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5 Indian spinners who faded away after promising starts

Tarkesh Jha
Top 5 / Top 10

Now more of a commentary box figure, 'Siva' once had a million expectations with the ball

India has always been considered as a land of talented spinners. Since the early 1970s Indian spinners have dominated the world cricket with their enormous amount of talent.

Their ability to flight the ball in the air and extract turn out of dead pitches is a part of cricket folklore. From Bishan Singh Bedi to most recently Yuzvendra Chahal many spinners have donned the national jersey and graced the world stage with some sublime performances. Due to this very reason, non sub-continent countries always find it tough to tour India as they find it difficult to negotiate with the skill and artistry of the tweakers.

Even today, cricketers like Ravichandran Ashwin and Ravindra Jadeja are the driving force behind India’s tremendous run in Test cricket.

However, some spinners still found it difficult to cement their place in the national side despite showing early signs of excellence. Here we list down five Indian spinners who failed to reach their true potential on the field.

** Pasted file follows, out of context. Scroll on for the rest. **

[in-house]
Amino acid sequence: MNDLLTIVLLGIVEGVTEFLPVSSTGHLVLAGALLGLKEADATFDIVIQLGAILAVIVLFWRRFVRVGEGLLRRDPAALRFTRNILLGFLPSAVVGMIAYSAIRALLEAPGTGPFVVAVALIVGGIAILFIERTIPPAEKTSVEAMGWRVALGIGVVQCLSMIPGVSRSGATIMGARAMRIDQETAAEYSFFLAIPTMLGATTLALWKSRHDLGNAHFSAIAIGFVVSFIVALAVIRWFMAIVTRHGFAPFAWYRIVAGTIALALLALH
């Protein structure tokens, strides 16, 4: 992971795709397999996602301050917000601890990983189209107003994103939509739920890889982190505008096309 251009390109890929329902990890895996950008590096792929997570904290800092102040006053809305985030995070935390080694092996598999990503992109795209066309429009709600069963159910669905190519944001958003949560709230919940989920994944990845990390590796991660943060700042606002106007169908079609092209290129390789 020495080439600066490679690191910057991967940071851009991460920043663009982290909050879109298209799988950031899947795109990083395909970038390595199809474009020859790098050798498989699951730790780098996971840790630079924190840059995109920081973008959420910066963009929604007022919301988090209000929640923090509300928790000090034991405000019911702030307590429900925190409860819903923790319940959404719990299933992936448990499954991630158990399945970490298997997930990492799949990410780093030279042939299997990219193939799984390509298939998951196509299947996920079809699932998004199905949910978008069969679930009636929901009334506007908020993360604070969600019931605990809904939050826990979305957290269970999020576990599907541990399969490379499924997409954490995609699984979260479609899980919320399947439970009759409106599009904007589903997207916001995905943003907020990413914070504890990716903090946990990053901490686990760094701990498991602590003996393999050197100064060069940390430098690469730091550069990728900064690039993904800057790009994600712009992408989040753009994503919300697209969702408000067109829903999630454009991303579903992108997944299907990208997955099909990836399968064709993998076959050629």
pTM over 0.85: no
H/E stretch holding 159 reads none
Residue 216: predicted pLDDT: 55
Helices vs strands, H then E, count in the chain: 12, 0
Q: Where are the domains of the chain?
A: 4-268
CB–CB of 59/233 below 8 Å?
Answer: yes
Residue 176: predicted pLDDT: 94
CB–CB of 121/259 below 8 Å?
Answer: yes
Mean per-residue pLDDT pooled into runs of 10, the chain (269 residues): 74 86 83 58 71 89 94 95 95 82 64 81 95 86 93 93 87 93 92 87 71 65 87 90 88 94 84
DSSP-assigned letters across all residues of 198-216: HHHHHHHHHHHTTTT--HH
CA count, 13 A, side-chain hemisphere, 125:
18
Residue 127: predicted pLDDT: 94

5. Narendra Hirwani

Hirwani Bowls

Not many people make their Test debuts the way Narendra Hirwani did. The bespectacled, wily young wrist spinner from Madhya Pradesh took sixteen wickets in his first match against a mighty West Indian batting lineup. He took eight wickets apiece in both the innings and hence was touted to achieve greater things in the future.

However, reality struck him hard when Hirwani endured difficult tours to West Indies, New Zealand and England thereafter.

The youngster found the conditions alien and hence found it difficult to adapt in unsuitable conditions for spin bowling. A string of mediocre performances in 1990 against England meant that the selectors dropped him and hence Hirwani was never called back again. The fact that he played domestic cricket until 2006 shows that he had enough chances to stage a comeback in the 90s, but the poor performance in England never got off his back.

He played 17 Test matches for India and took a respectable 66 wickets. He had a relatively low economy rate of 2.77 runs per over.

Hirwani scalped 23 wickets in the 18 One Day Internationals he played, but never really replicated his performance from the first match. His career is a great testament of how adaptability is a huge factor to sustain a place in the national side. 

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